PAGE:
Take Advice with a grain of salt.

As a writer, you are going to hear advice from everyone. Almost all of it is well meaning, and much of it is good. However, it may not always apply to you or your current scene. Take everything with a grain of salt and really weigh out whether or not it is really applicable.

Case in point.

I'm writing a scene where my character has been blindfolded and tossed in a car.

A critiquer suggested my scene did not feel real enough because they didn't get enough description of the surroundings.

Well, if I had taken that advice at face value and rewrote the scene detailing the car, it's interior, as well as the desert landscape the car was driving through, I would have gone out of my POV.

The advice was well meaning and did help to remind me to use the other 4 senses, but would have been wrong to take at face value.

Remember with your POV, when following a character in 1st or 3rd limited, you can only be intimate with that character. If they can't see, your narrator shouldn't be seeing and describing things either.

Now, just because that advice wasn't applicable in this situation, doesn't mean I couldn't take something from it.

Remember we have 5 senses and need to use them all when writing.

Though this character I wrote was blindfolded and kidnapped, she could still sense other things. Wind buffeting against the car, bumping and thumping of the ride, the direction of voices all around her, the direction the car turns. All of this can still be described to the reader to help complete the scene.

So really look at advice you get from critiquers or anyone in general. See what you can take from it and if it really applies. Use it or not, that's your choice.


Anonymous said...

I always give myself 2 days of reflection before making changes. Sometimes longer. And usually I come round to seeing what the critiquer meant--and then make my decisions based on what I think is best. Great post, Katie.

Jessica Nelson said...

I think it's so important that a writer realizes they have a choice, and that everything is subjective. Good post, Katie!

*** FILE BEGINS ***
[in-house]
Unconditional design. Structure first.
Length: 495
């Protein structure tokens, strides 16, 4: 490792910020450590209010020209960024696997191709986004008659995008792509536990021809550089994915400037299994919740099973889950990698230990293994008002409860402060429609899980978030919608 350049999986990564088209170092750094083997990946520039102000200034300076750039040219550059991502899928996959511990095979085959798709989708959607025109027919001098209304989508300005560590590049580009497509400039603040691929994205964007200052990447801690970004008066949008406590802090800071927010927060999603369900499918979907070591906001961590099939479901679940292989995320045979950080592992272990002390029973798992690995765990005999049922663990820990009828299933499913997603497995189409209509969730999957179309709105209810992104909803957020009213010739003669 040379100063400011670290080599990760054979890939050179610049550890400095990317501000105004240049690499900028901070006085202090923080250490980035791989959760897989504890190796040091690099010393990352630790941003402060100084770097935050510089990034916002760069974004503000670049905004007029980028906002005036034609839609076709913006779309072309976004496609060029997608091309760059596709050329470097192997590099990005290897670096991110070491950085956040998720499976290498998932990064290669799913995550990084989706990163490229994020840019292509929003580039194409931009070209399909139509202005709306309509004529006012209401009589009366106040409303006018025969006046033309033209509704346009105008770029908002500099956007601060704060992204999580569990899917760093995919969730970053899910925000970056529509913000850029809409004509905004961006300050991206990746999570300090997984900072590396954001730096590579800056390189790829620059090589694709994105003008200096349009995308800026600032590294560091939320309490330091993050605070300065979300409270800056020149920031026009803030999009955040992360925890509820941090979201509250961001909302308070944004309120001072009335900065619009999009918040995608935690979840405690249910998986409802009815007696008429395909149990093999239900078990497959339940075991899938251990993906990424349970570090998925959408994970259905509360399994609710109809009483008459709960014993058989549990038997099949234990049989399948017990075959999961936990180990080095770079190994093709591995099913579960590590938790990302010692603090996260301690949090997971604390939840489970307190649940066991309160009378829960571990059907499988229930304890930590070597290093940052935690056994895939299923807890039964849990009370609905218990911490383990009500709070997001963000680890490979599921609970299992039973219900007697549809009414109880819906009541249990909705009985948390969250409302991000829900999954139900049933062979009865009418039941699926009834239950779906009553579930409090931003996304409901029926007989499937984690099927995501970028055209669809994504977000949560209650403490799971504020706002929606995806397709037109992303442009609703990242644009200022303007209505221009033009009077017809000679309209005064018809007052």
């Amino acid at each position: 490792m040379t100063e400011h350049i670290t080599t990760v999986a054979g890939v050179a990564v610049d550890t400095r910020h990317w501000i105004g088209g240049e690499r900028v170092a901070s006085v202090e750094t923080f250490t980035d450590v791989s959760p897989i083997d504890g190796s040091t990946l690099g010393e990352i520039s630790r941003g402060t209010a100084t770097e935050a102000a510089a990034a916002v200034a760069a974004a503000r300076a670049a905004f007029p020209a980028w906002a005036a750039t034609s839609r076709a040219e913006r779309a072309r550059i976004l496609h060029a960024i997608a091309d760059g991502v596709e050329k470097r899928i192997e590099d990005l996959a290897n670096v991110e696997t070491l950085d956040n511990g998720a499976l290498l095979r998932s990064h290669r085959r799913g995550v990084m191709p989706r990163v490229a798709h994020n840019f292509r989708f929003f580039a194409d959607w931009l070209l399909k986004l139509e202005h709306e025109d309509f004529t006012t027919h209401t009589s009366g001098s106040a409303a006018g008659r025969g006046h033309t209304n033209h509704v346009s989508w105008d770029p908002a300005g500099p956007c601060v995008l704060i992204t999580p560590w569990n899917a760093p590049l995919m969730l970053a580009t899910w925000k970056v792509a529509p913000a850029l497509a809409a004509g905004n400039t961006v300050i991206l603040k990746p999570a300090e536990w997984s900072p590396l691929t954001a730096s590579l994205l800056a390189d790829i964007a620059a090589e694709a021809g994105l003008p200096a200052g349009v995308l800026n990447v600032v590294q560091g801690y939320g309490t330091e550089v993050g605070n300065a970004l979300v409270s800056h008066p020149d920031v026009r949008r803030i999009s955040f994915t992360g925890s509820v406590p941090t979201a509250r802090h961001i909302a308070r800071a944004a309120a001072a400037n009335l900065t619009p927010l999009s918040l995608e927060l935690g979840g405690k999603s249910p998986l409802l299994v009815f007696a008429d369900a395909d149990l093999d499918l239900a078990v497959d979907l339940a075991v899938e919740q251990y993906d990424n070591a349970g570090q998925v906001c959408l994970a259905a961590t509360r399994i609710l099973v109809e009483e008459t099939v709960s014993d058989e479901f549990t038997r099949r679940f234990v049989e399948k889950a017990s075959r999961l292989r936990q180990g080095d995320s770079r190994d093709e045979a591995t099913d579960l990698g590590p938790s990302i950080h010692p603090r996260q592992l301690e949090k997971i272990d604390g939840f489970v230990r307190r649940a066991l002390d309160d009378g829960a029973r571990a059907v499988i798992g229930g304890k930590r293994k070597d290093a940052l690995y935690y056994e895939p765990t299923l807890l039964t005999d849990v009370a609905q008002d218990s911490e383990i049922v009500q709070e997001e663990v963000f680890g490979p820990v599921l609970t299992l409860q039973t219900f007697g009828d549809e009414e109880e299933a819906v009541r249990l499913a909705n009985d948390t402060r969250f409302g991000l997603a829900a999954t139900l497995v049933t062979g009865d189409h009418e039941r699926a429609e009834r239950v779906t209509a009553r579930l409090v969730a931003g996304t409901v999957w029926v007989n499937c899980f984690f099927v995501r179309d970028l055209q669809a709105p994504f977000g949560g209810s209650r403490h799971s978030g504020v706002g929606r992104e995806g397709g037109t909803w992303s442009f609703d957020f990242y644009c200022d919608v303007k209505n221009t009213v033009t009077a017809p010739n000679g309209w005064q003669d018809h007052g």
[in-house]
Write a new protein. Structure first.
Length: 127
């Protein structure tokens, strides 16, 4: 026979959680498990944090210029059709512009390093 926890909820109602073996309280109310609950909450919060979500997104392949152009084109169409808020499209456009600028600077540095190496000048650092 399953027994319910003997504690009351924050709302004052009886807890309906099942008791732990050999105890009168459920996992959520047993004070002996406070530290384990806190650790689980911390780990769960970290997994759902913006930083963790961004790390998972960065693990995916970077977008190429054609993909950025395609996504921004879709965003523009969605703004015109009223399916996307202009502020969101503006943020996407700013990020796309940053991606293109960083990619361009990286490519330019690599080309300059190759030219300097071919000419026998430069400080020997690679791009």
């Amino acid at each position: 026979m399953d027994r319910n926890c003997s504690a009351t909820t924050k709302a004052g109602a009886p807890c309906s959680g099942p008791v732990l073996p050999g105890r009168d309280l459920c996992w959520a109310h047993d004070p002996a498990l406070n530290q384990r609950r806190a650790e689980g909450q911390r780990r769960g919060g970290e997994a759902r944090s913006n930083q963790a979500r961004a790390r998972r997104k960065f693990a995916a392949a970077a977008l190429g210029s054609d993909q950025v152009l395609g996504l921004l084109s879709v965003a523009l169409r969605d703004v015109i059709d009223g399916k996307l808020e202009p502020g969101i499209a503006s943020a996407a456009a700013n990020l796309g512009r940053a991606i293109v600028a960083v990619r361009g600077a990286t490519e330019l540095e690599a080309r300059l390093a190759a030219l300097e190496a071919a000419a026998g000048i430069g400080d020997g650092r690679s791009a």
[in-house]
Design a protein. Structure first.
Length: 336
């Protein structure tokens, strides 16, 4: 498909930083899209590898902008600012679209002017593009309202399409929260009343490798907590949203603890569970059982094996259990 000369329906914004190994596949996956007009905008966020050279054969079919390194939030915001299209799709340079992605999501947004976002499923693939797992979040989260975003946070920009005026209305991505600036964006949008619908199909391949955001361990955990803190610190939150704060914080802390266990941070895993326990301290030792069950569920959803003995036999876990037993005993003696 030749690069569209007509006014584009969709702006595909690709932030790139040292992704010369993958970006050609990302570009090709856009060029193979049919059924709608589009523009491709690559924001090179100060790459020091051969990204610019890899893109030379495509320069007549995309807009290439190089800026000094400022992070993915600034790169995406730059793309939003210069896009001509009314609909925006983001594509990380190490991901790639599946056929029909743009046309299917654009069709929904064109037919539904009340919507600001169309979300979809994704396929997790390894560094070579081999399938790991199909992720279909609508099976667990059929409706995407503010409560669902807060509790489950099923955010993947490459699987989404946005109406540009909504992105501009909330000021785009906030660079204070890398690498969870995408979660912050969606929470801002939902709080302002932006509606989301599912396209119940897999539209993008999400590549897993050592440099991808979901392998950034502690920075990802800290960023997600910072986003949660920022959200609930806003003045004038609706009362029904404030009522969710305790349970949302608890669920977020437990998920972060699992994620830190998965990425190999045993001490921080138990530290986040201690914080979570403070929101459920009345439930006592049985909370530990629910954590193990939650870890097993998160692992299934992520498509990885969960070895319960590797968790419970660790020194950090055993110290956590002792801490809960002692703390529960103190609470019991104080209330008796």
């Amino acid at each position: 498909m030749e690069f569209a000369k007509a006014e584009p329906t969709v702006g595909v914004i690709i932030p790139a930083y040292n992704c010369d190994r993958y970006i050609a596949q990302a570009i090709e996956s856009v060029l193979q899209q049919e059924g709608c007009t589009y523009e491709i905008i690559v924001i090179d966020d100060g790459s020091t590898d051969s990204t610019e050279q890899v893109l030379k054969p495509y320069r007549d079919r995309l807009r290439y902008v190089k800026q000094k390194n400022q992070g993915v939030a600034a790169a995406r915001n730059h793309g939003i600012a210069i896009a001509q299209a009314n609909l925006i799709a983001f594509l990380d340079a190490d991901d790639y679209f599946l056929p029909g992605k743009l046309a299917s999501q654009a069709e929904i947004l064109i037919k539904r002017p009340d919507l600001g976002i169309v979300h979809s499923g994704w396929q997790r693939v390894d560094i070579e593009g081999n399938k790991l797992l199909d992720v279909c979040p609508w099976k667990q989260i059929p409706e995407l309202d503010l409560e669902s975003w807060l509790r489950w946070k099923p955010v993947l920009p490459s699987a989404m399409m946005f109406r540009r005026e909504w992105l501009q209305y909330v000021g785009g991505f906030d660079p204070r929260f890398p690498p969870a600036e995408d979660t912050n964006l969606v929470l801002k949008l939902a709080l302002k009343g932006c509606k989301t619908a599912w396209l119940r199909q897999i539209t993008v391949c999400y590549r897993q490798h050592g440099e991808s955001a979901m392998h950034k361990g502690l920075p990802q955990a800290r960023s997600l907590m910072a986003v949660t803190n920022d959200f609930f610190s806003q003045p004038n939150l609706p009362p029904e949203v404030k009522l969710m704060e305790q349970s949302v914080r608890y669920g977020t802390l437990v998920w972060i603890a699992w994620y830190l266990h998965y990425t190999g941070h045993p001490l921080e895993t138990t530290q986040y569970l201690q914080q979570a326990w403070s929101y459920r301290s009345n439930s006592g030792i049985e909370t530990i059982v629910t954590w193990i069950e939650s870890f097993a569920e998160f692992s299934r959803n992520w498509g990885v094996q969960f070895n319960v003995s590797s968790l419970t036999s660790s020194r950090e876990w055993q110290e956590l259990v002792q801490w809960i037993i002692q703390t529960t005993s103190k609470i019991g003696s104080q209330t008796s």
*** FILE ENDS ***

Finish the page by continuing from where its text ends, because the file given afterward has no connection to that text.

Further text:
Deb Salisbury, Magic Seeker and Mantua-Maker said...

When you wrote "more details," my first thought was more details of the inside of the trunk - hot, stinky, sandy, loud, and generally nasty. ;-)

Love your blog's new look!

Kristen Torres-Toro said...

Critique is so necessary. Ultimately it's my choice what I use, but I value the perspective and usually incorporate the suggestions.

Elana Johnson said...

Great advice. Critiques are so hard to get, because we really want to be able to please everybody. Staying true to the story is important. :)

JAScribbles said...

So true!

Susan R. Mills said...

This is so true! I've had crit advice that I felt was way off base. We all have to be careful when listening to advice.

Theresa Milstein said...

Ah, the five senses! When I teach elementary school children, I always remind them to use all five senses. In fact, when I taught a creative writing class to middle school students, that was one week's writing prompt.

And I also have a scene where a girl is kidnapped, tossed in a car and blindfolded. I'm going back to see if I made use of her other senses. Thanks!

Raine Chasing said...

Being a writer myself, I receive advice from everyone, but I know I don't have to take their advice if I don't want to or I can if it could help out my writing career.

Eric said...

Great post. You are right though, that even if you can't do exactly what the critiquer is saying, there is still benefits to their input. Like adding in description from the other senses. Nice job.

Anonymous said...


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Katie said...

I've gotten some differing criticisms that I found confusing at first. It always helped me to count how many times I got the same criticism - did more than one person say the same thing? I get this sometimes with my descriptions. I had somebody tell me that I had way too much, but then five other people said they loved it, that they felt like they were really there. So, yeah, you're right - see if the critique works for you.

Unknown said...

i like ur blog really its so good

About The Author

Katie Salidas is a USA Today bestselling author and RONE award winner known for her unique genre-blending style.

Since 2010 she's penned five bestselling book series: the Immortalis, Olde Town Pack, Little Werewolf, Chronicles of the Uprising, and the all-new Agents of A.S.S.E.T. series. As her not-so-secret alter ego, Rozlyn Sparks, she is a USA Today bestselling author of romance with a naughty side.

In her spare time Katie also produces and hosts a YouTube talk show; Spilling Ink. She also has a regular column on First Comics News where she explores writing from a nerdy perspective.